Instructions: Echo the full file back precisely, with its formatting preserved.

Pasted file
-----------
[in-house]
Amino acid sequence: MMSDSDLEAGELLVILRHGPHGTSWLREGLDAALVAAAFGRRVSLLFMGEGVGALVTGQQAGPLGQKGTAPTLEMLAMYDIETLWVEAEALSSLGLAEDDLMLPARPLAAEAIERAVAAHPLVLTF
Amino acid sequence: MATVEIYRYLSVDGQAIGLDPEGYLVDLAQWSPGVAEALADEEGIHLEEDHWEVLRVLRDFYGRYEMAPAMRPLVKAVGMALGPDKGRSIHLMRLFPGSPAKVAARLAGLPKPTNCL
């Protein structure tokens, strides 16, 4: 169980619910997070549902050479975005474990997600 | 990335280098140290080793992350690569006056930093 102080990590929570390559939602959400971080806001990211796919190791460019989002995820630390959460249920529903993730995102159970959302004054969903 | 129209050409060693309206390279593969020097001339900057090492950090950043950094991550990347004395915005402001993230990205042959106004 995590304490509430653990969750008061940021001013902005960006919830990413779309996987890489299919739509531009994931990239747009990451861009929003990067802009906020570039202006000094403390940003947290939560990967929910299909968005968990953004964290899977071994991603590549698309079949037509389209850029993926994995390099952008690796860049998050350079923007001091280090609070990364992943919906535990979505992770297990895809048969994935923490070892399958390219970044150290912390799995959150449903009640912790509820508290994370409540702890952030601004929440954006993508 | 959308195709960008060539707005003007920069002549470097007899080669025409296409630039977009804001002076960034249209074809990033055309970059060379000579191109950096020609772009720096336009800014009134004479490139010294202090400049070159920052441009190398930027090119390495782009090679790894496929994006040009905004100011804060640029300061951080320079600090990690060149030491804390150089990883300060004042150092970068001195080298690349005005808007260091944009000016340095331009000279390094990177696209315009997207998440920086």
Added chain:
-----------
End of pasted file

[in-house]
Amino acid sequence: MMSDSDLEAGELLVILRHGPHGTSWLREGLDAALVAAAFGRRVSLLFMGEGVGALVTGQQAGPLGQKGTAPTLEMLAMYDIETLWVEAEALSSLGLAEDDLMLPARPLAAEAIERAVAAHPLVLTF
Amino acid sequence: MATVEIYRYLSVDGQAIGLDPEGYLVDLAQWSPGVAEALADEEGIHLEEDHWEVLRVLRDFYGRYEMAPAMRPLVKAVGMALGPDKGRSIHLMRLFPGSPAKVAARLAGLPKPTNCL
């Protein structure tokens, strides 16, 4: 169980619910997070549902050479975005474990997600 | 990335280098140290080793992350690569006056930093 102080990590929570390559939602959400971080806001990211796919190791460019989002995820630390959460249920529903993730995102159970959302004054969903 | 129209050409060693309206390279593969020097001339900057090492950090950043950094991550990347004395915005402001993230990205042959106004 995590304490509430653990969750008061940021001013902005960006919830990413779309996987890489299919739509531009994931990239747009990451861009929003990067802009906020570039202006000094403390940003947290939560990967929910299909968005968990953004964290899977071994991603590549698309079949037509389209850029993926994995390099952008690796860049998050350079923007001091280090609070990364992943919906535990979505992770297990895809048969994935923490070892399958390219970044150290912390799995959150449903009640912790509820508290994370409540702890952030601004929440954006993508 | 959308195709960008060539707005003007920069002549470097007899080669025409296409630039977009804001002076960034249209074809990033055309970059060379000579191109950096020609772009720096336009800014009134004479490139010294202090400049070159920052441009190398930027090119390495782009090679790894496929994006040009905004100011804060640029300061951080320079600090990690060149030491804390150089990883300060004042150092970068001195080298690349005005808007260091944009000016340095331009000279390094990177696209315009997207998440920086």
Added chain: